Article Text

Download PDFPDF
Anti-pneumococcal antibody titre measurement: what useful information does it yield?
  1. Paul Balmer1,
  2. Andrew J Cant2,
  3. Ray Borrow1
  1. 1Vaccine Evaluation Unit, Health Protection Agency North West, Manchester Laboratory, Manchester Royal Infirmary, Manchester, UK
  2. 2Department of Paediatric Immunology, Newcastle General Hospital, Newcastle upon Tyne, UK
  1. Correspondence to:
    Dr R Borrow
    Vaccine Evaluation Unit, Health Protection Agency North West, Manchester Laboratory, Clinical Sciences Building, Manchester Royal Infirmary, Manchester M13 9WZ, UK;ray.borrow{at}


Measuring and interpretation of the immune response to pneumococcal polysaccharides is a complex field, owing to the diversity of the pneumococcal polysaccharide capsular types, different vaccine formulations including both polysaccharide and conjugate vaccines, diverse pneumococcal serological assays, lack of immunogenicity data for the conjugate in a number of at-risk groups and complex vaccine schedules. Even the reasons for performing pneumococcal serology can be complex, as assays may be performed for one of two reasons: either to assess an individual’s immune status to the pneumococcus or to discriminate between normal and abnormal humoral immunity. This review details a history of the pneumococcal serological assays and provides some insight into when serology can prove useful, including vaccination data for certain at-risk groups.

  • CP, C-polysaccharide
  • HAART, highly active antiretroviral therapy
  • IPD, invasive pneumococcal disease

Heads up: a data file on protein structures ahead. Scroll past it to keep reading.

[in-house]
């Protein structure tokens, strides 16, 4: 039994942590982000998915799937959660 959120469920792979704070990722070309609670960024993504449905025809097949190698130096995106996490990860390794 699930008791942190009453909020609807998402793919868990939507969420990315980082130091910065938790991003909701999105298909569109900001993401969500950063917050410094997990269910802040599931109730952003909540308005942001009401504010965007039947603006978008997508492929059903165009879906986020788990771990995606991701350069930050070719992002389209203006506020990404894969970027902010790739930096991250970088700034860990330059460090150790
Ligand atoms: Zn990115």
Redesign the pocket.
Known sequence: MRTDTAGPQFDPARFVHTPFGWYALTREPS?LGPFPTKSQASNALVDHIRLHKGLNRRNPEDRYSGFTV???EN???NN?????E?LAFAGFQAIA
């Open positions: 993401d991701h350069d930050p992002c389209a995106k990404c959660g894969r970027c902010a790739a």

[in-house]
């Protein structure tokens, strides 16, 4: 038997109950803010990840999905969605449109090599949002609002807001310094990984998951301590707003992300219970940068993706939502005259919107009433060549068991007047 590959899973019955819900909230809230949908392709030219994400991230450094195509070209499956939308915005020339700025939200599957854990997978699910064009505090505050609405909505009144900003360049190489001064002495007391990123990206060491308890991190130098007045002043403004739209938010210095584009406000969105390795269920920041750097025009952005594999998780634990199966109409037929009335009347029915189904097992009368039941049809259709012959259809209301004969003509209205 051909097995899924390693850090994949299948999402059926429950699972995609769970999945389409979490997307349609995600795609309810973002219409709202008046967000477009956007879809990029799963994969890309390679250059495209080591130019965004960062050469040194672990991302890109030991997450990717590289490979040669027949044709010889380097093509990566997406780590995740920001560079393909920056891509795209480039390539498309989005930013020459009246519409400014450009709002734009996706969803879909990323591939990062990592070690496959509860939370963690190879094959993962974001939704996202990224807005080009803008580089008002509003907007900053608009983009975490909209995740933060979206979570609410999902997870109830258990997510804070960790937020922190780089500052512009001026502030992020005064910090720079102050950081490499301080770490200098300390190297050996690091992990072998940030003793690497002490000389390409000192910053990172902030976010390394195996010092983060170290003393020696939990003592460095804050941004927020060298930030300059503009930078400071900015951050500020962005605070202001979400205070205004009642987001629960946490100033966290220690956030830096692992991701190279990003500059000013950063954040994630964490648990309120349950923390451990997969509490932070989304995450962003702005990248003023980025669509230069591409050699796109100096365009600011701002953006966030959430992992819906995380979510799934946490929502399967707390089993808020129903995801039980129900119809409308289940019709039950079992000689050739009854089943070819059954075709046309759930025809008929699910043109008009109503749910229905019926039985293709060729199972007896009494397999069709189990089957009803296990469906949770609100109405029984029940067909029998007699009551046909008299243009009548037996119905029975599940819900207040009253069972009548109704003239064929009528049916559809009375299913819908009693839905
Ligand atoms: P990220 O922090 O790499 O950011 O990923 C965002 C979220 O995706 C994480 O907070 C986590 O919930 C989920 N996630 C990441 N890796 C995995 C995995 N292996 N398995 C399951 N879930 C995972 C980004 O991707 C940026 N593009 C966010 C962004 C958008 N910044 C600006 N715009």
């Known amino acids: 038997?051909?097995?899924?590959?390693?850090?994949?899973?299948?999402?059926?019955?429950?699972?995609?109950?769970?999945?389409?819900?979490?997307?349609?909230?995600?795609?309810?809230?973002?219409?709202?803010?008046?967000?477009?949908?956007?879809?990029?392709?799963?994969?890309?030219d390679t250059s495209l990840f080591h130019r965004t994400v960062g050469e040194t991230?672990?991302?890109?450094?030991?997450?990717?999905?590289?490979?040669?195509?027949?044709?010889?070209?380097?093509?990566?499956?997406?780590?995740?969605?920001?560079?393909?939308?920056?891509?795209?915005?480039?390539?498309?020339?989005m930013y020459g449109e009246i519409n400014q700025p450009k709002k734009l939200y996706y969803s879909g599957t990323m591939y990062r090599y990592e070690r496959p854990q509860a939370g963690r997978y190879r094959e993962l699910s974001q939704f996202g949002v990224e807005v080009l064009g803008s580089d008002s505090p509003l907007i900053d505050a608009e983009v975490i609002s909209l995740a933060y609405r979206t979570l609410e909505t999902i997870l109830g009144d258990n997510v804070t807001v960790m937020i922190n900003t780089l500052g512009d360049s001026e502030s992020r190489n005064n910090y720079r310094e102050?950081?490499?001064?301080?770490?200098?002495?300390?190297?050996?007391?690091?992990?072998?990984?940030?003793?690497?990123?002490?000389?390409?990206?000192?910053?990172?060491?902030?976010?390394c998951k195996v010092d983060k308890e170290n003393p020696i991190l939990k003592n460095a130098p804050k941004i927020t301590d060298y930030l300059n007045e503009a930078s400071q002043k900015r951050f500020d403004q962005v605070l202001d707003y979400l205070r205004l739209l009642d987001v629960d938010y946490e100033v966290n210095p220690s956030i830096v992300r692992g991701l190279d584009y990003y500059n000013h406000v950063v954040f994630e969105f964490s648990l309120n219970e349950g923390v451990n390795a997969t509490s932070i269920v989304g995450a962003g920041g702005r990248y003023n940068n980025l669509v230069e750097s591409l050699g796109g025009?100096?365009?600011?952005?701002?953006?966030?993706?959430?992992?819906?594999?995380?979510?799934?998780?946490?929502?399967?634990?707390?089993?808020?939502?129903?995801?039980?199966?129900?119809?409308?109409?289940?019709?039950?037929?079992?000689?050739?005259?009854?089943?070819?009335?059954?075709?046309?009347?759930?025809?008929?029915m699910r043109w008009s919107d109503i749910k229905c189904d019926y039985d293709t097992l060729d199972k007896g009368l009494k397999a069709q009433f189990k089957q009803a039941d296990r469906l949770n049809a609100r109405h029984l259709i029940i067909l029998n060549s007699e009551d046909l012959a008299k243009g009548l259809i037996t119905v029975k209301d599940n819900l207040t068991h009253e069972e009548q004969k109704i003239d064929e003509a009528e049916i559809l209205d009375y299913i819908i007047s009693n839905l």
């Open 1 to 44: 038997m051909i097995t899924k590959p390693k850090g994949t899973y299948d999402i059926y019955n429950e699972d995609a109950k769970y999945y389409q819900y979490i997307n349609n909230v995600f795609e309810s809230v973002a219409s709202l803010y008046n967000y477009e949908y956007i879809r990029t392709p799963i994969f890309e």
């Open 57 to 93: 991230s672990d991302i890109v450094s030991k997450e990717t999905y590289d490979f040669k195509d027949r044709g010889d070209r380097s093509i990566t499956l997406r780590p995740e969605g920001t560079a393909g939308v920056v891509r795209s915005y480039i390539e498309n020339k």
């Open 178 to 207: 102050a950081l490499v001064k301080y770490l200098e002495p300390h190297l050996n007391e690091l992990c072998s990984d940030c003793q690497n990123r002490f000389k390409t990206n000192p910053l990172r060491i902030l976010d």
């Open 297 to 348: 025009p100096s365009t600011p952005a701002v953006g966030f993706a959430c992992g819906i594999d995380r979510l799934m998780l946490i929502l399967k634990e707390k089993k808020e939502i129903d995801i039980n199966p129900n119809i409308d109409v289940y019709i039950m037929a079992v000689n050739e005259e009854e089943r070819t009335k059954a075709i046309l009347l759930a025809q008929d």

• RIA, radioimmunoassay
  • PPV, pneumococcal polysaccharide vaccine
  • 7vPCV, 7-valent pneumococcal conjugate vaccine
  • 23vPPV, 23-valent pneumococcal polysaccharide vaccine

Statistics from

Request Permissions

If you wish to reuse any or all of this article please use the link below which will take you to the Copyright Clearance Center’s RightsLink service. You will be able to get a quick price and instant permission to reuse the content in many different ways.


  • Published Online First 1 September 2006

  • Competing interests: PB and RB have received financial assistance to attend scientific meetings from pharmaceutical companies including Wyeth Vaccines, Baxter Biosciences, and Novartis. RB has served as a consultant for GlaxoSmithKline, Fujisawa GmbH, Sanofi Pasteur and Baxter Bioscience. RB has performed contract research on behalf of the Health Protection Agency (funded by Wyeth Vaccines, Chiron Vaccines, Baxter Bioscience, GlaxoSmithKline, Sanofi Pasteur, Fujisawa GmbH, Alexion Pharmaceuticals, Microscience and Xenova Research). AJC has no conflicts of interest to declare.